Bifunctional peptide targets CXCR4 drug-resistant cancer stem cells to fight resistance to conventional chemotherapy

Jul 30, 2018 3:00:00 PM

Ovarian cancer (OVC) patients often acquire resistance to cytotoxic drugs such as cisplatin, doxorubicin, and paclitaxel within a year, leading to a disease recurrence rate of up to 80%. Hyun Hee Lee and colleagues at Weill Cornell Medicine, New York, USA have used a peptide to target the G-protein coupled receptor 4 (CXCR4) that plays a significant role in promoting tumorigenesis and drug resistance. The research team has shown that targeting a CXCR4High cancer stem cell population with a selective peptide resulted in a synergistic cytotoxic effect when combined with chemotherapy agents such as doxorubicin and cisplatin. This is a promising approach in fighting drug resistance and improving treatment outcomes.

Read More

Topics: Peptide synthesis, PS3 peptide synthesizer, CXCR4-KLA peptide, Ovarian cancer, cytotoxic drug resistance

A peptide targeting FGFR2 receptor promises early detection of esophageal adenocarcinoma

Jun 28, 2018 10:00:00 AM

The incidence of esophageal adenocarcinoma (EAC) is rapidly increasing, with 450,000 new cases diagnosed and 400,000 deaths reported annually worldwide. Early detection is complicated by difficulty in detecting the flat premalignant lesions. However, the overexpression of cell surface fibroblast growth factor receptor 2 (FGFR2) is an early event in disease progression. A team comprising researchers based at the University of Michigan, USA and The Fourth Military Medical University, China, have identified a peptide that binds with high specificity to the extracellular domain of FGFR2, making this peptide a promising clinical imaging agent for early detection of esophageal adenocarcinoma.

Read More

Topics: Peptide synthesis, PS3 peptide synthesizer, FGFR2 receptor, esophageal adenocarcinoma, Clinical imaging agent, Cancer

Mapping neuropeptide-receptor and agonist binding: peptide synthesis strategies to guide the design of novel modulators of appetite regulation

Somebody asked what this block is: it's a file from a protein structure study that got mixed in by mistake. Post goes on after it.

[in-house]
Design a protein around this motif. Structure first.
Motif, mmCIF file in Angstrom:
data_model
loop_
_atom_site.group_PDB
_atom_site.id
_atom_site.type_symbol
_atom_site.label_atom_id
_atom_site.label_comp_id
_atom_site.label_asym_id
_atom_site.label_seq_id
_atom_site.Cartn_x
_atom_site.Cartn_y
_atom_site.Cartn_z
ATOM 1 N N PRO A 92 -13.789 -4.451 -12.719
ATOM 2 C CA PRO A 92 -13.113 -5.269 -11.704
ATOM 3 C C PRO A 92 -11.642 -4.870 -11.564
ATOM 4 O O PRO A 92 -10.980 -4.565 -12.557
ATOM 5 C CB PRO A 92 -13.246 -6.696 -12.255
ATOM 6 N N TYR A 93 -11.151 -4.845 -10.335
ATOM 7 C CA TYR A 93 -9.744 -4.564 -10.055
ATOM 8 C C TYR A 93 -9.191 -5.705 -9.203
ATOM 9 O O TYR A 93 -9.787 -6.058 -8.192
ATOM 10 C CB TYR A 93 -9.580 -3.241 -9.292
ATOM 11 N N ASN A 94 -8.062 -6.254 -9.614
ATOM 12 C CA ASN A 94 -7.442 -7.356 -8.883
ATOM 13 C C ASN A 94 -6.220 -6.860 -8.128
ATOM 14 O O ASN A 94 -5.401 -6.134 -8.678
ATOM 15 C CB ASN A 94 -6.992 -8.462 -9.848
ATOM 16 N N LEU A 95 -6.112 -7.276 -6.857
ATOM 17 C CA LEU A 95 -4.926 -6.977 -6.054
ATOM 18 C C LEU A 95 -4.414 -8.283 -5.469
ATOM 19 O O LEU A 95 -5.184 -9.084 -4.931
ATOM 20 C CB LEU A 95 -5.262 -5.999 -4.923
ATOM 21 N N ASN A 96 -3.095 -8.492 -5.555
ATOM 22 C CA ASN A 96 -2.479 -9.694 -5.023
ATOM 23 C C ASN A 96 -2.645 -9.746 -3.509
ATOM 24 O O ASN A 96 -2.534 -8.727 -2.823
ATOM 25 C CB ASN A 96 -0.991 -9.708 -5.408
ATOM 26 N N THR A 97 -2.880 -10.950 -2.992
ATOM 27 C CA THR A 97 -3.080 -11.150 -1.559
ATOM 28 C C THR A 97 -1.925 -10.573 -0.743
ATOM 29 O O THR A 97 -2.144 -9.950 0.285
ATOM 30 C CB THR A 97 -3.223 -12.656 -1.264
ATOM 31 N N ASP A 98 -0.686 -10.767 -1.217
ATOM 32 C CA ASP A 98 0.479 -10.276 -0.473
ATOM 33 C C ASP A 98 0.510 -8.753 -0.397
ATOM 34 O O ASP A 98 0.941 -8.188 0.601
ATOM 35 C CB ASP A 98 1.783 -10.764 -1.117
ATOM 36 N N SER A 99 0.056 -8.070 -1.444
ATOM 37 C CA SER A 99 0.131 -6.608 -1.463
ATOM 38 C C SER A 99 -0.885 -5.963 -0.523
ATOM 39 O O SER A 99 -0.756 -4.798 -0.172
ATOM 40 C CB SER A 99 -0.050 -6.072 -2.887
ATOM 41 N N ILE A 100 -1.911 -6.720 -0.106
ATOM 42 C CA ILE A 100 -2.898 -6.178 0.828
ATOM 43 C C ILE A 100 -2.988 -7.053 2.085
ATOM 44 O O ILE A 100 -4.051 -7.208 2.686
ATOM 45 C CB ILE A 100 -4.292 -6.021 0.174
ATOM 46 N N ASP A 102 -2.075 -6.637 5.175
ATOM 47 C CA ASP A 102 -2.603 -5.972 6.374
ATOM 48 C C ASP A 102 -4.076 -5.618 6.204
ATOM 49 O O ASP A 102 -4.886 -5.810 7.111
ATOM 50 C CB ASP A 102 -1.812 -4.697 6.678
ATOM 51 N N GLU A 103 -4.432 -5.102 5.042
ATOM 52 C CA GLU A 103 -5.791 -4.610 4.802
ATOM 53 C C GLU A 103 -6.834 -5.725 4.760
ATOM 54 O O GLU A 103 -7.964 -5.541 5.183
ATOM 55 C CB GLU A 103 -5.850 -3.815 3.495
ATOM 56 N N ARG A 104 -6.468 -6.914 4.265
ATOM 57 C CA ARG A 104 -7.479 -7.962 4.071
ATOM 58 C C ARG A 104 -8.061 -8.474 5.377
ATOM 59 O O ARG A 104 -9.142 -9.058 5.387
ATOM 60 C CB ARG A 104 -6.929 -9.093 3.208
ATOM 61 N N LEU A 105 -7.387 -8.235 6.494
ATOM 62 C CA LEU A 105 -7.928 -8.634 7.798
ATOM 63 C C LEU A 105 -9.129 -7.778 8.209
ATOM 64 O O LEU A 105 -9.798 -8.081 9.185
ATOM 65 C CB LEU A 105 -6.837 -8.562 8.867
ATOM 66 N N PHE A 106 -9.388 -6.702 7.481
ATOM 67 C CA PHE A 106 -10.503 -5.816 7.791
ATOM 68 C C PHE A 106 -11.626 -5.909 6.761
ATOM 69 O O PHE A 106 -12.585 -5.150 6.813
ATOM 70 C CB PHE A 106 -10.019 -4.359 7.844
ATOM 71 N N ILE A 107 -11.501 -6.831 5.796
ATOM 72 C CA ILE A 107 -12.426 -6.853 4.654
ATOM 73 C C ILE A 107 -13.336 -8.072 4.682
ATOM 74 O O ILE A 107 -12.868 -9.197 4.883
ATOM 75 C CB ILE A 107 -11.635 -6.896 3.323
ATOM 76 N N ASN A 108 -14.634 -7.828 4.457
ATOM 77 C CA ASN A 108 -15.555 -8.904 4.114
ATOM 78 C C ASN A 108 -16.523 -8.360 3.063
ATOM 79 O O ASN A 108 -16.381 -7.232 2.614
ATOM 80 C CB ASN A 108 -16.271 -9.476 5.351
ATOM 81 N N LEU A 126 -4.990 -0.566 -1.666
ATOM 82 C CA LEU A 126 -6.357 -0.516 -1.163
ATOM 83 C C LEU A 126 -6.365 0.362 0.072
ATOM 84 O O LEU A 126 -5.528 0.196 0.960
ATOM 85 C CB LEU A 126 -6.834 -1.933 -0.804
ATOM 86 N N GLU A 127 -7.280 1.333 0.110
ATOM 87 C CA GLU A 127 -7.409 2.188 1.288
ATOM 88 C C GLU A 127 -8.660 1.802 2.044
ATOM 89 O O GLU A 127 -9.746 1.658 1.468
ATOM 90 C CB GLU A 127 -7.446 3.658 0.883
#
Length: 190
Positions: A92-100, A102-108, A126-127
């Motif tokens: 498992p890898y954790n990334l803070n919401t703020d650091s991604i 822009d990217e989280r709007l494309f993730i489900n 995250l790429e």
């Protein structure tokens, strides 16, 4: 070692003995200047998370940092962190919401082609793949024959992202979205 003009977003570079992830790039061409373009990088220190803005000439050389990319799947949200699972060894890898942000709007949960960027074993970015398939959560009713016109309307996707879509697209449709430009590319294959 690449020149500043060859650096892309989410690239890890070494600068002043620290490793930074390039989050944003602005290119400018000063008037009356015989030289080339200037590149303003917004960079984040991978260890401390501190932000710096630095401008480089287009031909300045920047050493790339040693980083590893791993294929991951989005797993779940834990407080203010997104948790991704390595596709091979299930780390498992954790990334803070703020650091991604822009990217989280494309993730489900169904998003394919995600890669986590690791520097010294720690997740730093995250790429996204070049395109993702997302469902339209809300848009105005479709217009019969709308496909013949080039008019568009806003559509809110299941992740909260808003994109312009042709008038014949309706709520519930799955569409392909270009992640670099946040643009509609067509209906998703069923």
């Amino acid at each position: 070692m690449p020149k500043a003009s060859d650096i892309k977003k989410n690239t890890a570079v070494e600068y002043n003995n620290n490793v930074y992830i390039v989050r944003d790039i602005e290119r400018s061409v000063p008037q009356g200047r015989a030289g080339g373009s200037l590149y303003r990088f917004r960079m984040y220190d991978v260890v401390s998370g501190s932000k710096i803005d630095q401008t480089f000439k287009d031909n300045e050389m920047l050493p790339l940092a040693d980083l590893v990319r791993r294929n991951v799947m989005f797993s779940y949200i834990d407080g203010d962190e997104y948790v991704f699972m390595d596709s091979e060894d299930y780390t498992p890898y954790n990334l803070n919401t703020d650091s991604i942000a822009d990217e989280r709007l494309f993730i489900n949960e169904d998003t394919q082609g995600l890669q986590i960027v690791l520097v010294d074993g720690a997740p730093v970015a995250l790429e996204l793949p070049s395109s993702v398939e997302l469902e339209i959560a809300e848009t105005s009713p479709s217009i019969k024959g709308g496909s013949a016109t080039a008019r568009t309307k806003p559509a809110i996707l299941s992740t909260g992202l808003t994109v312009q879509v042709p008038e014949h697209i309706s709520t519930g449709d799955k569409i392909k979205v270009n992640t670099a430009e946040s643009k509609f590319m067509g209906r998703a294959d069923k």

May 8, 2018 9:00:00 AM

With 30–70% of adults in the European Union designated overweight and 10–30% obese (WHO), and more than one third of US adults obese (CDC), the global obesity epidemic has stimulated much research into the fundamentals of appetite regulation. Bo Xu and colleagues, based at Uppsala University in Sweden and collaborating with Novo Nordisk A/S in Denmark, have studied the interaction between the agonist neuropeptide Y (NPY) and the human receptor Y2 involved in appetite regulation. Using a combination of computational modeling, peptide chemistry and in vitro pharmacology analysis the research team has gained insight into interactions that promise to guide the design of novel modulators to fight obesity.

Read More

Topics: Prelude x, Peptide synthesis, Obesity, Human neuropeptide Y, NPY, Appetite regulation

Inhibitory peptides help identify receptor complex vital to male fertility

Mar 12, 2018 9:00:00 AM

The acrosome reaction is critical for the sperm to penetrate the female egg and fertilize it. Progesterone plays a key role in the acrosome reaction, but how this works has been unclear since spermatozoa lack classical progesterone receptors. Wenming Xu and collaborators at Sichuan University, China, The Chinese University of Hong Kong, and the Australian National University, have shown that the progesterone-induced Ca2+ influx required for the acrosome reaction involves the progesterone receptor or modulator, gamma-aminobutyric acid type A (GABAA) receptor delta subunit (GABRD), in combination with the P2X2 receptor.